Here's a GuruFocus chart showing how revenue has grown overall, and per share, over the past 20 years:
Chairman & Chief Executive Officer: Mark A. Schroeder, age 60, has served in these positions since 1999;
Chief Financial Officer: Bradley M. Rust, age 47, Vice President and Controller since 1999;
Executive Vice President - Retail Banking: Clay W. Ewing has held this post since 1999;
Board of Directors: background or experience in: law, local business establishment and management, agriculture, construction and real estate, accounting and consulting, and health care management;
ISS Governance QuickScore: 7 out of 10 - on this scale 1 is a good score and 10 is a poor score - GABC receives red flags for Takeover Defences, Voting Formalities, and Use of Equity. It receives a green star for Equity Risk Mitigation.
KBW Honor Roll - 2010 through 2013 - Out of some 400 potentially qualifying banks, 31 met the Honor Roll criteria in 2013, "Honor Roll winners are publicly traded banking institutions with more than $500 million in total assets that meet the following three conditions:
- No annual loss reported in net income per share before extraordinary items over the past 10 years;
- 2013 annual reported net income per share before extraordinary items equal to or greater than peak net income per share over the past 10 years; and
- Consecutive increases in net income per share before extraordinary items since 2009. (KBW press release, April 14, 2014)
GABC by the Numbers
Turning to the GuruFocus Financial Strength and Profitability & Growth summaries, we see a Financial Strength rating of 7/10 and Profitability & Growth rating of 8/10:
Looking in more detail at the summaries, we see debt now vs its debt historically gets a red flag. In addition, one of the automatically generated Warning Signs warns of debt.
To put the debt issue into context, take a look at the the following chart, which shows GABC's long-term debt (blue) and enterprise value (green) over the past 10 years:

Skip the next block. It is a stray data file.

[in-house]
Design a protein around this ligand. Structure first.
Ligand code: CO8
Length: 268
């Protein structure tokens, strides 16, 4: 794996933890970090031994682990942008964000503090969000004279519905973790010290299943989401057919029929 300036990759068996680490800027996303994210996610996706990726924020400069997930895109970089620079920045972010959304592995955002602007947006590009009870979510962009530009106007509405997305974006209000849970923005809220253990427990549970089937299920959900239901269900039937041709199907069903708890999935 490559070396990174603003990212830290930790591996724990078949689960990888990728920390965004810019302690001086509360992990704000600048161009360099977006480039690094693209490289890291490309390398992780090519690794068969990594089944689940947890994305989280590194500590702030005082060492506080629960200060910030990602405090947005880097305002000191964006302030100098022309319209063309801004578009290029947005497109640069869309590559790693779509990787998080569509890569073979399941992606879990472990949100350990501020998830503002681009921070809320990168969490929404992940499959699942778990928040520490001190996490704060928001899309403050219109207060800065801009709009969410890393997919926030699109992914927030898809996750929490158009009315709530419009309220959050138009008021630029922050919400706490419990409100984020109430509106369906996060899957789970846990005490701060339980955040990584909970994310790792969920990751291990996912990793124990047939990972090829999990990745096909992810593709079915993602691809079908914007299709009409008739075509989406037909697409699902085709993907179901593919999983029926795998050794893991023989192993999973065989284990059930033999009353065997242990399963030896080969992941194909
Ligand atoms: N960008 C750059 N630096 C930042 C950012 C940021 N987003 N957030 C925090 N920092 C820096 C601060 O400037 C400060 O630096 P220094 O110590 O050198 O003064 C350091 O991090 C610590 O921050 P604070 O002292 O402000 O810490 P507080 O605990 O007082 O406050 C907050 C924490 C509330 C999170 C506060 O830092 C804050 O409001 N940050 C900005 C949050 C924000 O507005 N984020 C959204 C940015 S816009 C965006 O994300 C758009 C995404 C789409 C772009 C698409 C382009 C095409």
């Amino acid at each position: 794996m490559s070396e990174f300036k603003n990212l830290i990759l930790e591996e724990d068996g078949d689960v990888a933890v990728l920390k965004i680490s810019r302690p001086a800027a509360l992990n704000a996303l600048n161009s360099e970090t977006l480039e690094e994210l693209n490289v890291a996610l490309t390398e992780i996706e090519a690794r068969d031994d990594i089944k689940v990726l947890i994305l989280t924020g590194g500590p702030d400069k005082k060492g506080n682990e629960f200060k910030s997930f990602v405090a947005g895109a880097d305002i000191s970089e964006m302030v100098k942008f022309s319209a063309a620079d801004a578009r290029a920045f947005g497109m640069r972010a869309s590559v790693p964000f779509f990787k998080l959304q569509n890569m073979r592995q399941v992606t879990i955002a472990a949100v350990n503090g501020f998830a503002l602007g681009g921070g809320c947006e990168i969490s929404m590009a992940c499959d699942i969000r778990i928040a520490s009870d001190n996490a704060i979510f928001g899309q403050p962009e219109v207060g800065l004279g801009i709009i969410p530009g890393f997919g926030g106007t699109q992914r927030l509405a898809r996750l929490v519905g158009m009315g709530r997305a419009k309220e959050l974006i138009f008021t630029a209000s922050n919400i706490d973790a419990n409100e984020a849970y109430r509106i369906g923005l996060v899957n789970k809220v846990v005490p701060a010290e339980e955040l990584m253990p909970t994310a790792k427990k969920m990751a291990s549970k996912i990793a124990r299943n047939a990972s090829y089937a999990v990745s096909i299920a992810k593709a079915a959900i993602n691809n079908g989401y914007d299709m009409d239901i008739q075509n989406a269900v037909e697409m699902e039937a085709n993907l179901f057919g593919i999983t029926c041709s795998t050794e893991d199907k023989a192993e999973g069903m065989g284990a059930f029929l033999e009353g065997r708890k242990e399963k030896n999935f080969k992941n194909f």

As we can see, long-term debt has grown, but at the same time, enterprise value has grown even more.
We will disregard the warning signs for the Altman-Z score and Asset Growth; we normally ignore them when assessing companies in the financial sector (because of the nature of their assets).
GABC gets a high predictability rating from GuruFocus, 4.5 out of 5 stars. Backtesting has shown companies with this rating average gains of 10.6% per year, and only 10% will be in a loss position after 10 years.
As we can see below, the GuruFocus Fair Value Calculator assesses German American Bancorp discounted cash flow value at $33.71, which is 27% above its current price.
Given the earnings' strength of GABC, we'll also take a look at it how it shapes up on a Peter Lynch chart:
A Lynch-type valuation of $31.60 comes in at 19% more than the stock's current price.
This assessment of German American Bancorp turns up no obvious risks, other than those standard concerns listed in the most recent 10-K report:
- The regulatory environment has changed dramatically in recent years, and may do so again;
- General economic conditions may get worse before they get better - GABC fared well through 2008-09, but the next downturn will undoubtedly present different challenges ;
- As a regional bank, it has an inherently narrow base;